• Strabismus involves an imbalance in the positioning of the two eyes. Strabismus can cause the eyes to cross in (esotropia) or turn out (exotropia). Strabismus is caused by a lack of coordination between the eyes. As a result, the eyes look in different directions and do not focus simultaneously on a single point.
4. Types of VI & HI
Types of Hearing Loss according to place of impairment –
According to degree of hearing loss –
WHO- Grades of hearing impairment-
Audiometric ISO value
No or very slight hearing problems
Can hear whispers
Able to hear and repeat words spoken in normal voice at 1 meter
Able to hear and repeat words spoken in raised voice at 1 meter
Able to hear some words when shouted into better ear
81 db or greater
Unable to hear and understand even a shouted voice
National institute for the hearing handicapped-
Word recognition score
80-100 % in better
Less than 40%
50-80 % in better
40-50 % in better
Less than 40% in better ear
b) total loss
According to place of impairment –
• conductive hearing loss – hearing loss due to the interference in the transmission of sound to and through the sense organ (outer or middle ear)
• Sensory-neural hearing loss – due to the abnormality of the inner ear or the auditory nerve, or both
• mixed hearing loss - combination of both; sometimes called a flat loss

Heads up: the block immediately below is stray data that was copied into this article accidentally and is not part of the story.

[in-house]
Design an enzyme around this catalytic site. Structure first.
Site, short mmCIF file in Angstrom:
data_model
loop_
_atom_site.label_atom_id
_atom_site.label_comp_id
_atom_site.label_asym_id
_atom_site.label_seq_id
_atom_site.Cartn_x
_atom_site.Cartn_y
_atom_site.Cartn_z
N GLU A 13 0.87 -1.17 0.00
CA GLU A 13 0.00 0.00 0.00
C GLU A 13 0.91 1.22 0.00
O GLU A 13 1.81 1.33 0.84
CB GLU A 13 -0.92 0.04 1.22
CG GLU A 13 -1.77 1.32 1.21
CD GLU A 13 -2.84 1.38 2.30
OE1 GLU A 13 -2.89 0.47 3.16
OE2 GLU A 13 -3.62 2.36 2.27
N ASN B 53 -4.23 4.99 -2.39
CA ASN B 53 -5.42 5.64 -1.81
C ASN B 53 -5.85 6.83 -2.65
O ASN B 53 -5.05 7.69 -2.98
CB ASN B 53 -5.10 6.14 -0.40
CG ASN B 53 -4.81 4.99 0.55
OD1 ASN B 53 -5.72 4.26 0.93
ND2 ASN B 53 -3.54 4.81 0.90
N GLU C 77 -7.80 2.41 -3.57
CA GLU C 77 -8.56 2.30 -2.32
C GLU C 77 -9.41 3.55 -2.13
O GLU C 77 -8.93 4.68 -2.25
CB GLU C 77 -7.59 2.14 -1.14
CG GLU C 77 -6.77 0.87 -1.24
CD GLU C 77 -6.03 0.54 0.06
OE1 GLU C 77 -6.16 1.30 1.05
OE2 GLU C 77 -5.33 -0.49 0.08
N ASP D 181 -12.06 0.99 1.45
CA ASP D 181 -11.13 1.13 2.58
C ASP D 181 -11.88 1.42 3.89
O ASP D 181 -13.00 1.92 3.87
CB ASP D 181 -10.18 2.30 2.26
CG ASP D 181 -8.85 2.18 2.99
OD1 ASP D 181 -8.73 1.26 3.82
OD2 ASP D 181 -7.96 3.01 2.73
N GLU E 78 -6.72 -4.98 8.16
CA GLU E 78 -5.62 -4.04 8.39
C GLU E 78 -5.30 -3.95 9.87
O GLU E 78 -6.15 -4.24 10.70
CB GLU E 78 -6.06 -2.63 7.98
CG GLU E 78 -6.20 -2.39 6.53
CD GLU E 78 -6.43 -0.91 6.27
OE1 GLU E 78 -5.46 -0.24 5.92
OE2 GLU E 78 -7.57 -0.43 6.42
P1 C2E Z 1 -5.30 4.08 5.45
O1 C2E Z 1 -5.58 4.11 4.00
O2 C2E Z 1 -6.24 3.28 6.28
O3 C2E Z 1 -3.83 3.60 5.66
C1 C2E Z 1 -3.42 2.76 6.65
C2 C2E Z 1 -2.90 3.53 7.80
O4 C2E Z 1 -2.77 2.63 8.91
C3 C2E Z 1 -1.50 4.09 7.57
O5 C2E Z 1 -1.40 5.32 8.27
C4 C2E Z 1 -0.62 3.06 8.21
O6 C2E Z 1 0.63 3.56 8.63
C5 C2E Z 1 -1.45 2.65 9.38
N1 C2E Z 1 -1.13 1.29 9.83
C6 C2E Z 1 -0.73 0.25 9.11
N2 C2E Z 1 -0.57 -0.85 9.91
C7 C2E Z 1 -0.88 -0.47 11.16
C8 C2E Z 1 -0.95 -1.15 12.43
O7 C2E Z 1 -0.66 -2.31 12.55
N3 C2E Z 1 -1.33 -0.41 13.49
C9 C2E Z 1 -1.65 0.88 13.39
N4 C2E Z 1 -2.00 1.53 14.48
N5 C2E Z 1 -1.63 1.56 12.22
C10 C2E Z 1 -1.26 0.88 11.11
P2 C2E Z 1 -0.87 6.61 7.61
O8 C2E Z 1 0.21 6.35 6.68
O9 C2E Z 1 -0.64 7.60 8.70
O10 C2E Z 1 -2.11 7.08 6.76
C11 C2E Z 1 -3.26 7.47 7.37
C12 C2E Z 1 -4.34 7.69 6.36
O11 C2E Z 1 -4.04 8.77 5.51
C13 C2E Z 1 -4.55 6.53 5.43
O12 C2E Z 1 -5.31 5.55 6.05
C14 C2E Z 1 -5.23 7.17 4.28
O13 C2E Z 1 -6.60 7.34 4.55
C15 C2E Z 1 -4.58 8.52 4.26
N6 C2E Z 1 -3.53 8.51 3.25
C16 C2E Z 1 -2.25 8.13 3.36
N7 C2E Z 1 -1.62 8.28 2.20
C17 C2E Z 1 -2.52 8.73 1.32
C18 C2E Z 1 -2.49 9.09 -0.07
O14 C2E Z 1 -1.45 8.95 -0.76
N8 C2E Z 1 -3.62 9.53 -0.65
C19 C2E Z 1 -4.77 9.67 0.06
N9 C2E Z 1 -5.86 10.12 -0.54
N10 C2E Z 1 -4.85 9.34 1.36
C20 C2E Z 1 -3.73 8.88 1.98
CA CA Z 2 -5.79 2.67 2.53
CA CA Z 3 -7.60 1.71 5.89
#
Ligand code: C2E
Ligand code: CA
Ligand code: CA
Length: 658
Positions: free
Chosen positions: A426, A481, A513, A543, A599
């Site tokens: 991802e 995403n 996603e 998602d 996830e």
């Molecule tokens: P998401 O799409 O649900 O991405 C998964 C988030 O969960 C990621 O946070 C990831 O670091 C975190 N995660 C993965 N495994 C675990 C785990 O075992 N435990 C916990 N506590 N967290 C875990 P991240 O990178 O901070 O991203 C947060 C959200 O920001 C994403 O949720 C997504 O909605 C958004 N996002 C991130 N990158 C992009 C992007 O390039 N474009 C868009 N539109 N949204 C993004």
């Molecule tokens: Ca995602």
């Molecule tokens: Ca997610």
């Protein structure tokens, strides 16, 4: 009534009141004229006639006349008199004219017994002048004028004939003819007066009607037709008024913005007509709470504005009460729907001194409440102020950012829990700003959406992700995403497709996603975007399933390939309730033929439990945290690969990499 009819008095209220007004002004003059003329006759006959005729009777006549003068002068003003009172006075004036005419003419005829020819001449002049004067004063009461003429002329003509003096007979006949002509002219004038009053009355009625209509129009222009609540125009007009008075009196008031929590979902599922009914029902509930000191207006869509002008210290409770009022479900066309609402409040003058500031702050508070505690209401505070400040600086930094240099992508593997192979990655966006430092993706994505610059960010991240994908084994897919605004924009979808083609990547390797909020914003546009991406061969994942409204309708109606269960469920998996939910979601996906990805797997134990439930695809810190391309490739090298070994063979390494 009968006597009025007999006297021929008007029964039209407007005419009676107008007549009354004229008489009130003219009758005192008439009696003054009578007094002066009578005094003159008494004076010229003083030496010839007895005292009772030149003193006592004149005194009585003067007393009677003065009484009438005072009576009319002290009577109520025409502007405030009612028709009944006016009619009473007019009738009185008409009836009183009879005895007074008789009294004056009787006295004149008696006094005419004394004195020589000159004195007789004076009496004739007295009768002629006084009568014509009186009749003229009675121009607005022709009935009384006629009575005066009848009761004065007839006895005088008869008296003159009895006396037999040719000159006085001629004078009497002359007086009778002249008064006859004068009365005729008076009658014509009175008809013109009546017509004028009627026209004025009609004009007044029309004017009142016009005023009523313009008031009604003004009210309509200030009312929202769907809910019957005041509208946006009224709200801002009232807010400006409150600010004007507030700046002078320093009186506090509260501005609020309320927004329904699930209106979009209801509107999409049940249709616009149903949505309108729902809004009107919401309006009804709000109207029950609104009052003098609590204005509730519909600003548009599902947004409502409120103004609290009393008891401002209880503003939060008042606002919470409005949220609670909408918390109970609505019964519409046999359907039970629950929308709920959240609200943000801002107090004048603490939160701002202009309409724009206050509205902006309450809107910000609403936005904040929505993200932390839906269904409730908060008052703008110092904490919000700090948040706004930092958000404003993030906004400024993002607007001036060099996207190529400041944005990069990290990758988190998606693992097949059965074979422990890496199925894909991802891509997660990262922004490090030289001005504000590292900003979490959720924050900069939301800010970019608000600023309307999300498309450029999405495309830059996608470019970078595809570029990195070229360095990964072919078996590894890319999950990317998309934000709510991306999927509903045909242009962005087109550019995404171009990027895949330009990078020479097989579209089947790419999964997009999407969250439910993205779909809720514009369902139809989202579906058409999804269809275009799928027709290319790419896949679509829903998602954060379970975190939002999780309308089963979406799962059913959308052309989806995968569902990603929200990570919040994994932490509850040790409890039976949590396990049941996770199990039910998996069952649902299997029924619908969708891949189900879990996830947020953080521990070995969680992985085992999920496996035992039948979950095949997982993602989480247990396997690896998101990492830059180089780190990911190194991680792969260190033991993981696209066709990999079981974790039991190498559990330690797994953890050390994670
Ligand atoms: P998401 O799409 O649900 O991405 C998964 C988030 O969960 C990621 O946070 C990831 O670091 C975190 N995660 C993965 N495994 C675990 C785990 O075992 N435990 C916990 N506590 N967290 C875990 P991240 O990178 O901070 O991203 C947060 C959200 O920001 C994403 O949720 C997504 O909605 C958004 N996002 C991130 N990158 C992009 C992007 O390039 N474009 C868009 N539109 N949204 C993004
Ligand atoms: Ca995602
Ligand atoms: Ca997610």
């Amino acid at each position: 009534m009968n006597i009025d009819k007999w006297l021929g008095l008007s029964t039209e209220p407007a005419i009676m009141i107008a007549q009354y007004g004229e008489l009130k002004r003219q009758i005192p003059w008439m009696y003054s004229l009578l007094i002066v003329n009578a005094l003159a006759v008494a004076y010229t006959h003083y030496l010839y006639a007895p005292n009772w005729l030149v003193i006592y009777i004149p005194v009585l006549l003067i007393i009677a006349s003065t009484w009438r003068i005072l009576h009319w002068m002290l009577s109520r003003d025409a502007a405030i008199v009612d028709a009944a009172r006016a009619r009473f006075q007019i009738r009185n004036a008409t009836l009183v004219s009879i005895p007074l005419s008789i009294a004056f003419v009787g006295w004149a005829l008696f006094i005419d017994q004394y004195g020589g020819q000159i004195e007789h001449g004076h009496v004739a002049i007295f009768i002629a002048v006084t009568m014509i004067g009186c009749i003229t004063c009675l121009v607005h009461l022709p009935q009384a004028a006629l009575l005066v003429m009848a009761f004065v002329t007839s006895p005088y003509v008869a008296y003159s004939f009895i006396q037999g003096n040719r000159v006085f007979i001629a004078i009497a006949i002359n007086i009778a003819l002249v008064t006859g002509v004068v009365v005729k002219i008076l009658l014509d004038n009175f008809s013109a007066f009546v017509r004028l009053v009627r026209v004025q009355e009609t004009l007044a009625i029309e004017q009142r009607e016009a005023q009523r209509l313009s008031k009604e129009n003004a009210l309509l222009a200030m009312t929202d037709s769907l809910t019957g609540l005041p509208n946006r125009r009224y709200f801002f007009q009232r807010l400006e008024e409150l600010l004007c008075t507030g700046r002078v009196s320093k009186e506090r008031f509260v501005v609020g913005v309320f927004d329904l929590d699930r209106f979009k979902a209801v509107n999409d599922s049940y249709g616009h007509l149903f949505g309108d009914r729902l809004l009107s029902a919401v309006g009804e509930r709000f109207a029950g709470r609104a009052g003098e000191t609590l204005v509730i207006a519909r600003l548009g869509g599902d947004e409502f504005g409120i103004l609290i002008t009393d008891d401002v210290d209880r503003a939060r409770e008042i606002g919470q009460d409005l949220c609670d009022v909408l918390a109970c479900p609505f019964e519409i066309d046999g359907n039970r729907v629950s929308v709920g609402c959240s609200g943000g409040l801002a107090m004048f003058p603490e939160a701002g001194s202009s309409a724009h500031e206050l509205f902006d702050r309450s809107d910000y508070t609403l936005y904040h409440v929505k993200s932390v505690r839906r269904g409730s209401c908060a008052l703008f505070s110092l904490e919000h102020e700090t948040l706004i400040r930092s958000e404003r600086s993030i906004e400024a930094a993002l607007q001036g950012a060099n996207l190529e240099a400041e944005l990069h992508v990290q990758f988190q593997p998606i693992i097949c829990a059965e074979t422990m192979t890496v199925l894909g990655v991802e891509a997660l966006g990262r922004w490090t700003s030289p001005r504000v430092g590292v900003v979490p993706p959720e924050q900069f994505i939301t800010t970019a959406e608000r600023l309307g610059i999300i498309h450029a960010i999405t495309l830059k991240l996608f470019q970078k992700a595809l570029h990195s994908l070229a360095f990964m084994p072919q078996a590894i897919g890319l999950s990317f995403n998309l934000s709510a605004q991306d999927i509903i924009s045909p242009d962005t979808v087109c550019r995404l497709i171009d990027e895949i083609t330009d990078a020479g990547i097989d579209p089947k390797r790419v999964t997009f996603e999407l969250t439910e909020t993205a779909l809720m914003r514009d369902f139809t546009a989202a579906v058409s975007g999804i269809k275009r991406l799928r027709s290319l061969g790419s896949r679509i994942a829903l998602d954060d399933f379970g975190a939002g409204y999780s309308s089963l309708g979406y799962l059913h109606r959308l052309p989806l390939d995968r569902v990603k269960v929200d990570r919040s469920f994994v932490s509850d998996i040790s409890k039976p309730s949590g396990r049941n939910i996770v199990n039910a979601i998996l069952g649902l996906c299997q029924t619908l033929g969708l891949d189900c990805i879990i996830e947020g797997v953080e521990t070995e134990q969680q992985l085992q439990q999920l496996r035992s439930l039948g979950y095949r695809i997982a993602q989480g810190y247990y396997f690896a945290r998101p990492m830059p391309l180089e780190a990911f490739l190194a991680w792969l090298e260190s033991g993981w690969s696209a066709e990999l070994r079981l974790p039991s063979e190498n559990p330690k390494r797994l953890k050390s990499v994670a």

According to the age at onset of deafness
• Congenitally deaf – born deaf
• Adventitiously deaf – born with normal hearing and became deaf through accident/illness
According to language development-
• Pre-lingually deaf – born deaf or lost hearing before speech and language were developed
• Post-lingually deaf- lost hearing after development of spontaneous speech and language
The World Health Organization uses the following classifications of visual impairment. When the vision in the better eye with BEST POSSIBLE glasses correction is:
The International Classification of Diseases 11 (2018) classifies vision impairment into two groups, distance and near presenting vision impairment.
Distance vision impairment:
Near vision impairment:
5. Educational implications for ASD children with VI& HI
There are many different characteristics and needs among children who are diagnosed as having visual impairment and autism. These characteristics may relate to the: